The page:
Is the government spending record levels on flood defences?

Published: 7th Jan 2014

"This Government have spent £2.4 billion over this four-year period, which is more than the £2.2 billion spent under the previous Government, but let me announce today that a further £100 million will be made available to fund essential flood repairs and maintenance over the next year. "

David Cameron, Prime Minister's Questions, 5 February 2014

It's been a miserable and in some cases tragic new year for people affected by the flooding across the country. At time of writing, there are still over 231 flood alerts in place, 63 flood warnings and 2 severe flood warnings.

Today, the Prime Minister claimed that more was being spent on flood defences by the government.

Last year (2012-13), according to the latest figures, the government spent £576 million on flood defences in England. This goes towards maintaining existing flood defences, such as coastal walls, improving early warning systems to help pre-empt specific floods, and providing protection directly to households.

This is part of a falling trend in spending since 2010, as Labour points out. In 2010-11 the government spent the equivalent of £698 million on flood defences, taking inflation into account.

The PM's figures come from the latest estimates and compare the last four financial years under Labour (2006-07 to 2009-10) to the first four years of this government (2010-11 to 2013-14).

But there's a problem with counting the figures like this: spending during the first year of the current government was based on the spending plans of the previous administration. That's why some - including the Environment Secretary earlier this year - prefer to compare the current spending review (2011-12 to 2014-15) with the previous four year stretch of Labour's funding plans.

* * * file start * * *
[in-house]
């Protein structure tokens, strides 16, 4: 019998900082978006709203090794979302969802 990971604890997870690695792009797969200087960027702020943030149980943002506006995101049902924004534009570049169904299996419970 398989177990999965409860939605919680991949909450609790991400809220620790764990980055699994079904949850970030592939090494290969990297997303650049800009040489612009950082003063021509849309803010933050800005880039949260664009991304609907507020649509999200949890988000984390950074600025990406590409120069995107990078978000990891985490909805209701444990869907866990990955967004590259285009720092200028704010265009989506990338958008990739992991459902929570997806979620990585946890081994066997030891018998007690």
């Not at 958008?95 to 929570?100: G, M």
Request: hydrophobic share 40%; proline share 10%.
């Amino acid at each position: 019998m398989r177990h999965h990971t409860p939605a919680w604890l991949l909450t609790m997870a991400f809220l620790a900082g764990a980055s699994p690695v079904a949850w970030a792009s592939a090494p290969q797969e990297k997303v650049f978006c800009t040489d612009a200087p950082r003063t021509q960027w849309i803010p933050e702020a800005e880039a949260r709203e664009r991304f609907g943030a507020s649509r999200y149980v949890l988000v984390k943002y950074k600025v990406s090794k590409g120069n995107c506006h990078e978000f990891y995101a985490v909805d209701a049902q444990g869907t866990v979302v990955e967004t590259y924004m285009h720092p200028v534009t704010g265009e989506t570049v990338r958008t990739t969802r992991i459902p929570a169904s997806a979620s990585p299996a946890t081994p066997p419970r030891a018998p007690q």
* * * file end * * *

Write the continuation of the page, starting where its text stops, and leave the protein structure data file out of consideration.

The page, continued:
Looking at the figures in this way, a total of £2.37 billion was spent by DEFRA between 2007/08 and 2010/11. Based on current spending plans, this government will spend £2.34 billion on the same - slightly less in cash terms but very similar.

But taking the figures purely in cash terms ignores the effect of inflation. Factoring that in, flood defence spending is down if you base it on the current spending review plans, and pretty much exactly the same comparing the years each government was in office.

Some of this is based on spending plans rather than actual money that's been spent already. The Prime Minister announced today that a further £100 million was being made available for repairs and maintenance of flood defences, so the figures for future years are as yet still subject to change.

Update: 6 February 2013

Communities Secretary Eric Pickles - standing in for the Environment Secretary - has today announced updated funding figures for the rest of this financial year. £130 million extra is being committed, £30 million extra for this year and £100 million for the next year. This means that slightly more is being spent in real terms if you compare the first four years of this government to the last four of Labour, but it's still a real-terms fall comparing from the latest Spending Review.

For now, then, the timeframe you choose to look at has a big impact on what trend the figures are following. We'll have to wait to hear more details of the government's funding plans.


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